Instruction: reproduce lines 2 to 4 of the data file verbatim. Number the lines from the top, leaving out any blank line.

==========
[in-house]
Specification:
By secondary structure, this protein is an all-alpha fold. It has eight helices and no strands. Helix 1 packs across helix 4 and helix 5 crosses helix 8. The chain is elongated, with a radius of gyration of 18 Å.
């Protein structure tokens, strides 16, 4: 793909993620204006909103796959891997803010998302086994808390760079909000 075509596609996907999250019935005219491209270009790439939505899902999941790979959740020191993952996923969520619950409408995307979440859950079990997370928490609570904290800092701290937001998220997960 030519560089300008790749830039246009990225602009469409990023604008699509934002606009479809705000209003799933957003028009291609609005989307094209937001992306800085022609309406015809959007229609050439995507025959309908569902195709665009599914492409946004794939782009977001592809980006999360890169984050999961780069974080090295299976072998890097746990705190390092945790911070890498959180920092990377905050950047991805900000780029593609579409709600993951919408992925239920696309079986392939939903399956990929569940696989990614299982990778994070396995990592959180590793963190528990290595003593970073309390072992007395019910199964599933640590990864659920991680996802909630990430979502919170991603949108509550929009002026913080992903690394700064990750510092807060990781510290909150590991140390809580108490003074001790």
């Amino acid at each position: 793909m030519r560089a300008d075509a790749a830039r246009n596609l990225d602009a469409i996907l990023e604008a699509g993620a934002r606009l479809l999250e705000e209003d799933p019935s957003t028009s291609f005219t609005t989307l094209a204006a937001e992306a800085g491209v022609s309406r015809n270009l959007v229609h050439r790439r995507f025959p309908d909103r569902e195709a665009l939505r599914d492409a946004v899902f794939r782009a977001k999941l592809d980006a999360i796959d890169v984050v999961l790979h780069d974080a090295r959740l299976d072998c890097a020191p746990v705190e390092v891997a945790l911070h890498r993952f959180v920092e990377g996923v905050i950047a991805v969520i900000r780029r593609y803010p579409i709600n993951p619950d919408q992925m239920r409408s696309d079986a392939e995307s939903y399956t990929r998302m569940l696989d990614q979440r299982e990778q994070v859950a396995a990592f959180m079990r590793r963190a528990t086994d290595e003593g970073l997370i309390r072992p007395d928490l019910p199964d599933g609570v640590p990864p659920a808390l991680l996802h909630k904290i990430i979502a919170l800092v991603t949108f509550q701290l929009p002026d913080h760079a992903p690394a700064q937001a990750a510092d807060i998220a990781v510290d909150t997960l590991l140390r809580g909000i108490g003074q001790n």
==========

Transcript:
Specification:
By secondary structure, this protein is an all-alpha fold. It has eight helices and no strands. Helix 1 packs across helix 4 and helix 5 crosses helix 8. The chain is elongated, with a radius of gyration of 18 Å.
């Protein structure tokens, strides 16, 4: 793909993620204006909103796959891997803010998302086994808390760079909000 075509596609996907999250019935005219491209270009790439939505899902999941790979959740020191993952996923969520619950409408995307979440859950079990997370928490609570904290800092701290937001998220997960 030519560089300008790749830039246009990225602009469409990023604008699509934002606009479809705000209003799933957003028009291609609005989307094209937001992306800085022609309406015809959007229609050439995507025959309908569902195709665009599914492409946004794939782009977001592809980006999360890169984050999961780069974080090295299976072998890097746990705190390092945790911070890498959180920092990377905050950047991805900000780029593609579409709600993951919408992925239920696309079986392939939903399956990929569940696989990614299982990778994070396995990592959180590793963190528990290595003593970073309390072992007395019910199964599933640590990864659920991680996802909630990430979502919170991603949108509550929009002026913080992903690394700064990750510092807060990781510290909150590991140390809580108490003074001790």